If you’re like the vast majority of people these days, your cell phone is not just your friend − it’s more like an appendage. A recent survey by phone maker Motorola revealed that people were so attached to their cell phones that in case of a fire, a majority of cell phone owners would abandon their cats rather than abandon their smartphones!
But then your smartphone has so much to offer. Besides using it for calling and texting, you can surf the Internet, use it as a personal organizer, game console, and take pictures and video with ever-increasing quality.
So is your cell phone really a friend, or is it actually your foe? And most importantly… can cell phones cause cancer?
Do Cellphones Cause Cancer?
Cell Phones and Cancer: What are the Risks?
Cell phones emit a form of electromagnetic field called radio frequency (RF) radiation. We have long been led to believe that this radiation is harmless because of the low power levels involved, and because it’s non-ionizing.
Unfortunately, this cell phone radiation has the ability to penetrate our bodies and cause untold damage.
Perhaps the biggest red flag is the World Heath Organization (WHO) classification. In 2011, the WHO finally took a position on the issue and classified cell phone radiation as a possible 2B carcinogen. True, the WHO did only classify cell phone radiation as a possible carcinogen, not a probable carcinogen.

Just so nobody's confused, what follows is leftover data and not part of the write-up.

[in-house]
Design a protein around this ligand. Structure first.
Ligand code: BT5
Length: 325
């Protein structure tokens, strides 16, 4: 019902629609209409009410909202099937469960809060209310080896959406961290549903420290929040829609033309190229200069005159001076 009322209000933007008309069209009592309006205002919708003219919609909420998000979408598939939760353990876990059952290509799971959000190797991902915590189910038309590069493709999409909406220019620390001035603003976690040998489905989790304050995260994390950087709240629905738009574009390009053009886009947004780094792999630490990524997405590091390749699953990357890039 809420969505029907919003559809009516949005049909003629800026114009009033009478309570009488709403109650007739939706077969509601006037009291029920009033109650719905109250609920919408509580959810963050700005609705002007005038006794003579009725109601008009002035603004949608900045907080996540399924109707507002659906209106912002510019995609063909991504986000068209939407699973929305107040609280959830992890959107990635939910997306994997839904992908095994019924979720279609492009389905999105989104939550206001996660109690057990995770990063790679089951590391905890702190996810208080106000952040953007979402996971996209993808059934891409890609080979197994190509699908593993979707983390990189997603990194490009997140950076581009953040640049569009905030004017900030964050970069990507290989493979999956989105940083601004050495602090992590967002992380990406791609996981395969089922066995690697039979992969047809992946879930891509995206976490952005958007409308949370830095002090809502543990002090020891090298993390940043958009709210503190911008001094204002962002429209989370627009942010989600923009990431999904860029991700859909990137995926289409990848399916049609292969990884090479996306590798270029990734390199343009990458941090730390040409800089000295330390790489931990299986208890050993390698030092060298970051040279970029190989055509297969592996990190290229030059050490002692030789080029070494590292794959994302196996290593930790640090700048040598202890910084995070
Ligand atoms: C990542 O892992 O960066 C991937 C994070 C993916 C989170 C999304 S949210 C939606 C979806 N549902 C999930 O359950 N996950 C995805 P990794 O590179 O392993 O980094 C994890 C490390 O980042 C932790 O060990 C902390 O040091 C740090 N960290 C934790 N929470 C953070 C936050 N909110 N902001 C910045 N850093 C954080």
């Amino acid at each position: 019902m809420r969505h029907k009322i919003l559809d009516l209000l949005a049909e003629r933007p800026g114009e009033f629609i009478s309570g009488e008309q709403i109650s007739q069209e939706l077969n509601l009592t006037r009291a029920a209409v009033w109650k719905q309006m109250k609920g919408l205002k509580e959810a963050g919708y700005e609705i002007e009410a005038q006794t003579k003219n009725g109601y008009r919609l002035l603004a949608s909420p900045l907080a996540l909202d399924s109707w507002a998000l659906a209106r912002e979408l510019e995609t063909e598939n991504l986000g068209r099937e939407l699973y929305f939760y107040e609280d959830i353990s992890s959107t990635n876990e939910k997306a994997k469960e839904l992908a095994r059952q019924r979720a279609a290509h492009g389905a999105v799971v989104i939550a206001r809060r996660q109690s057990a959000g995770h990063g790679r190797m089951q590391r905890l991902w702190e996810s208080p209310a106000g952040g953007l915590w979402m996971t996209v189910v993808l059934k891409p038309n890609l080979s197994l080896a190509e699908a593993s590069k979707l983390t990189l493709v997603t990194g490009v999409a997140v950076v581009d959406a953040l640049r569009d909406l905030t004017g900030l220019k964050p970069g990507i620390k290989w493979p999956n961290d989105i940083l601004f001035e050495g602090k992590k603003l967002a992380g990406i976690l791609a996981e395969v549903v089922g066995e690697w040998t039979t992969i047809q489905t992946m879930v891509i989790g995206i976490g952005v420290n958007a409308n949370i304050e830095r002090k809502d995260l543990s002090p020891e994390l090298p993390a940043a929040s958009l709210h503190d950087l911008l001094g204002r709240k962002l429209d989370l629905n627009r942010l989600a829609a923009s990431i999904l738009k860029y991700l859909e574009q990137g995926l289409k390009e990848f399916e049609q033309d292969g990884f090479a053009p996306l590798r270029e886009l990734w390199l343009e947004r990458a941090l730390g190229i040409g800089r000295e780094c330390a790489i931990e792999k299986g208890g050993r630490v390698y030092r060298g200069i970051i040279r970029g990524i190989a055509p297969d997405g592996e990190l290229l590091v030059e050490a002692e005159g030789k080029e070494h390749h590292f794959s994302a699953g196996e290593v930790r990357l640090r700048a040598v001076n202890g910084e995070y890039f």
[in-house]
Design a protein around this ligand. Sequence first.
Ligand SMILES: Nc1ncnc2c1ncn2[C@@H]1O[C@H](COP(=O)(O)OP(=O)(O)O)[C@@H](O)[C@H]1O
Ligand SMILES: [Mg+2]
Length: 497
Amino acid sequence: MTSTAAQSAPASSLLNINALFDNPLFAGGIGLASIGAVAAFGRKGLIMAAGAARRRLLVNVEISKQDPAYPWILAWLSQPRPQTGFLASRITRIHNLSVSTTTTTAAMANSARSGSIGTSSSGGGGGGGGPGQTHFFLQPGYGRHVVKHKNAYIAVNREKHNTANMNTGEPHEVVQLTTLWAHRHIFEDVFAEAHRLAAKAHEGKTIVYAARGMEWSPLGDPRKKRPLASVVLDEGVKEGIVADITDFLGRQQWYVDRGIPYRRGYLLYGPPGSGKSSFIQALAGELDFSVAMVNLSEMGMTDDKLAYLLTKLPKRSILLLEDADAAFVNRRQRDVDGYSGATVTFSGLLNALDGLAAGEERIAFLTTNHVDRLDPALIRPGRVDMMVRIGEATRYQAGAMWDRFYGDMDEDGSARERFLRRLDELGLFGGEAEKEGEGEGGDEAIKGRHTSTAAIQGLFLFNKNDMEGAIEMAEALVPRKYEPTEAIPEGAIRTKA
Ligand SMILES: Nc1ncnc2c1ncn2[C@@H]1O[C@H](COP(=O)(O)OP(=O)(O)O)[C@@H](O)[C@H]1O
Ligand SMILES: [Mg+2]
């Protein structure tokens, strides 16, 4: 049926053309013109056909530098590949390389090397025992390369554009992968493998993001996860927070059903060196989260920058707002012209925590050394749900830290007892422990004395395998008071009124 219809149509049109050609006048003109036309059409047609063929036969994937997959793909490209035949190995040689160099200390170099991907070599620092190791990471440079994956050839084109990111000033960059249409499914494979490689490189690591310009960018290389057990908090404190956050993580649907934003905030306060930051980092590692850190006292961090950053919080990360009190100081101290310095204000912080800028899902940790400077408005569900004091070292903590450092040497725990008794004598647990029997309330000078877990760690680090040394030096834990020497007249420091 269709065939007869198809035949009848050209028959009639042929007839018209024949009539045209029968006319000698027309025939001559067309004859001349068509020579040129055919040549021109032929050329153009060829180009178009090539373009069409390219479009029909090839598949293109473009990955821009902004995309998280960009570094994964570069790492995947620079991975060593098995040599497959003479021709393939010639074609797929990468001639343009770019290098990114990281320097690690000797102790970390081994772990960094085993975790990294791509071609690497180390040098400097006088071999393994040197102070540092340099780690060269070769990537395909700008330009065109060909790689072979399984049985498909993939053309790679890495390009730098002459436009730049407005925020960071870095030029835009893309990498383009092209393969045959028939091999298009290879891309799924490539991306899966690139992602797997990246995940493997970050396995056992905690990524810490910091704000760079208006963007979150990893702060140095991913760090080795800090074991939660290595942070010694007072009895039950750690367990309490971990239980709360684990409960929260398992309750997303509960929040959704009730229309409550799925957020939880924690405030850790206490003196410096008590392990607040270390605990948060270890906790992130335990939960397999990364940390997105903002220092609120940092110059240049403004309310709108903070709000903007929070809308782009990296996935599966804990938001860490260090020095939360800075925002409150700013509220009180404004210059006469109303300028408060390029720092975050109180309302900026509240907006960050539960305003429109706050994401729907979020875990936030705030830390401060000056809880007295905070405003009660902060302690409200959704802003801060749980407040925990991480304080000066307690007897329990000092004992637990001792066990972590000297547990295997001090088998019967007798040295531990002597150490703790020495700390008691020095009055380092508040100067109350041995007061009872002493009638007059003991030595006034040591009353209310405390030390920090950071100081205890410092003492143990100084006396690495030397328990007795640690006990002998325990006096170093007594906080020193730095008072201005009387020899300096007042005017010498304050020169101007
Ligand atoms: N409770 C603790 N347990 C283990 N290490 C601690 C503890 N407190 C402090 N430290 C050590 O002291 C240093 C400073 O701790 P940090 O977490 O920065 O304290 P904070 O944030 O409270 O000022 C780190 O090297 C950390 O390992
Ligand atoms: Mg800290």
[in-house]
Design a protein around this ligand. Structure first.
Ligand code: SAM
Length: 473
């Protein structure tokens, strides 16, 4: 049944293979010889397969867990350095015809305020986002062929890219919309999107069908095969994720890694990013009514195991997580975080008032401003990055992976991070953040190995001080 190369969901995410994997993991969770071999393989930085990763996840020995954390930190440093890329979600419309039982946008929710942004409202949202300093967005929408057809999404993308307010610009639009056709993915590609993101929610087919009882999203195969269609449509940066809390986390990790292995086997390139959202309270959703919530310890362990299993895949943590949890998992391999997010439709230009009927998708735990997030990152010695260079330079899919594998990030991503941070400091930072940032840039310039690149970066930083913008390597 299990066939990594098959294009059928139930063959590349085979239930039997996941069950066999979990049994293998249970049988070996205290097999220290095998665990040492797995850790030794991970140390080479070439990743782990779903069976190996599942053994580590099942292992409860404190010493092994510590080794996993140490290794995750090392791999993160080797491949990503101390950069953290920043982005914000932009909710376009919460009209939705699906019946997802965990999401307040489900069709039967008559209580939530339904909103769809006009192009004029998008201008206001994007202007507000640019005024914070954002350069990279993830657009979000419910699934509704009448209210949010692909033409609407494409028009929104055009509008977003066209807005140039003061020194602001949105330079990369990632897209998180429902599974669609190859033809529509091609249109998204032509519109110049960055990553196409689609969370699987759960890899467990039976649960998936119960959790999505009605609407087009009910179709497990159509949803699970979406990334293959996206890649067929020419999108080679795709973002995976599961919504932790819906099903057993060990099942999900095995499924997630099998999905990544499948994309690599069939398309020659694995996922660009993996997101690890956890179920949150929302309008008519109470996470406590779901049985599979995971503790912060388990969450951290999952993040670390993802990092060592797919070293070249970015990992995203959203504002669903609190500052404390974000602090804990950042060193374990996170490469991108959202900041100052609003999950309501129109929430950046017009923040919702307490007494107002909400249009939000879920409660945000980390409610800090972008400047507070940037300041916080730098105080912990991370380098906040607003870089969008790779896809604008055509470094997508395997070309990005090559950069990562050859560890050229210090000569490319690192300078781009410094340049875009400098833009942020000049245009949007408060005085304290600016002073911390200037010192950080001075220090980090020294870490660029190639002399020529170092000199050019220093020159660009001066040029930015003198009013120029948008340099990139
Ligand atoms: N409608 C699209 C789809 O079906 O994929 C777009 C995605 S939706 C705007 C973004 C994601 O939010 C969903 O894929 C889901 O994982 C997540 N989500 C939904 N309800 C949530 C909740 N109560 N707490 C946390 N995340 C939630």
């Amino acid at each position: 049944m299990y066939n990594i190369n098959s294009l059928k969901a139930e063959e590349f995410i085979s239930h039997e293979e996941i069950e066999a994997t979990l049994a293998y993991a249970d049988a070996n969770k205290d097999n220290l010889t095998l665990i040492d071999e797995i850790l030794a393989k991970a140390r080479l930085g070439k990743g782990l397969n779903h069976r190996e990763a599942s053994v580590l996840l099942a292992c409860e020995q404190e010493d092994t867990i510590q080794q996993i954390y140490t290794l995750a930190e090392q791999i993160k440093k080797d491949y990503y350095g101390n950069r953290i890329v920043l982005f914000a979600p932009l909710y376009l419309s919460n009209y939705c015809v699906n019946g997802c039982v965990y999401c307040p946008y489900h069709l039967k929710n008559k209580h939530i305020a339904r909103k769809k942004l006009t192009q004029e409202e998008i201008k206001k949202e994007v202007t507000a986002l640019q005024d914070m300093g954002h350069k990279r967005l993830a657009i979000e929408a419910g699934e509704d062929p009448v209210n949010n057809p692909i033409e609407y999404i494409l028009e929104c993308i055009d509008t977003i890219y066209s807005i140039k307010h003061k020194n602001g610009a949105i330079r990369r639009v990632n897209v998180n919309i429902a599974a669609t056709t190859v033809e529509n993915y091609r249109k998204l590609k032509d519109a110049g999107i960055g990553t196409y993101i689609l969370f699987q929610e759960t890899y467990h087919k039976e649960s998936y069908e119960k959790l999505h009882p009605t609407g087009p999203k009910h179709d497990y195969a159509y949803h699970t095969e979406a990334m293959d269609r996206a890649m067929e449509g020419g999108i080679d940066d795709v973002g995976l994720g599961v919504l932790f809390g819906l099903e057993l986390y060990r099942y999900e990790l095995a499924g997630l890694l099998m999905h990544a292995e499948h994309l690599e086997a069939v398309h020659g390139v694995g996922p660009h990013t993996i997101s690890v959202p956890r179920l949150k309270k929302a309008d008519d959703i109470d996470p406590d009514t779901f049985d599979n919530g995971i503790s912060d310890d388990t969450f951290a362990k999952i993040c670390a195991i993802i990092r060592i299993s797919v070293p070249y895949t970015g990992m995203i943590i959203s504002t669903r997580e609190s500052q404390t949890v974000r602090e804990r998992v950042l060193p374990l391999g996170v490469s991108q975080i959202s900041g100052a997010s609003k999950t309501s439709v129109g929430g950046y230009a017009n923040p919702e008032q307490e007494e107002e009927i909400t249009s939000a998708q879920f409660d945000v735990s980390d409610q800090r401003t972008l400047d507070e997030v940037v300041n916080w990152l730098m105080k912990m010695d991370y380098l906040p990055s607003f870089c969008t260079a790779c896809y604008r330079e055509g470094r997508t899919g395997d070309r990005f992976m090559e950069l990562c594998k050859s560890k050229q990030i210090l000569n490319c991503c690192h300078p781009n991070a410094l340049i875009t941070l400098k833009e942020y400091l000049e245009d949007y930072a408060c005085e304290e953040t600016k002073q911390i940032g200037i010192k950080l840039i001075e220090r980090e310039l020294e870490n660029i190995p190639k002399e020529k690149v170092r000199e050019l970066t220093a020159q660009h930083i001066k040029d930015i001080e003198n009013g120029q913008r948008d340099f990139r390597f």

But a growing number of experts believe this classification does not sufficiently protect the public. Then there are the thousands of peer-reviewed studies which support the claim that cellphones cause cancer.
Do Cellphones Cause Brain Cancer? Using Your Cell Phone a Half Hour Per Day Increases Your Risk of Brain Tumor By 40%
Thousands of studies link cell phone radiation to a long list of serious illnesses. But can cell phones cause brain cancer? Cell phone radiation exposure has been principally linked to two types of brain tumors− gliomas and acoustic neuromas.
Gliomas – a type of tumor that starts in the brain or spine are typically malignant and they are particularly deadly. Most people survive only 1 to 3 years after diagnosis of this kind of tumor.
Acoustic neuromas – though non-malignant (low-grade cancer), are in many cases life threatening given that they are an intracranial (within the skull) tumor.
The Interphone Study is the granddaddy of all the study findings into cell phone radiation and the safety of cellphones for humans. At a cost of $25 million, this is the largest study of cell phone use and tumor risk conducted to date. It found that “regular use of a cell phone by adults can significantly increase the risk of gliomas by 40% with 1640 hours or more of use.” This equates to about 30 minutes per day over ten years.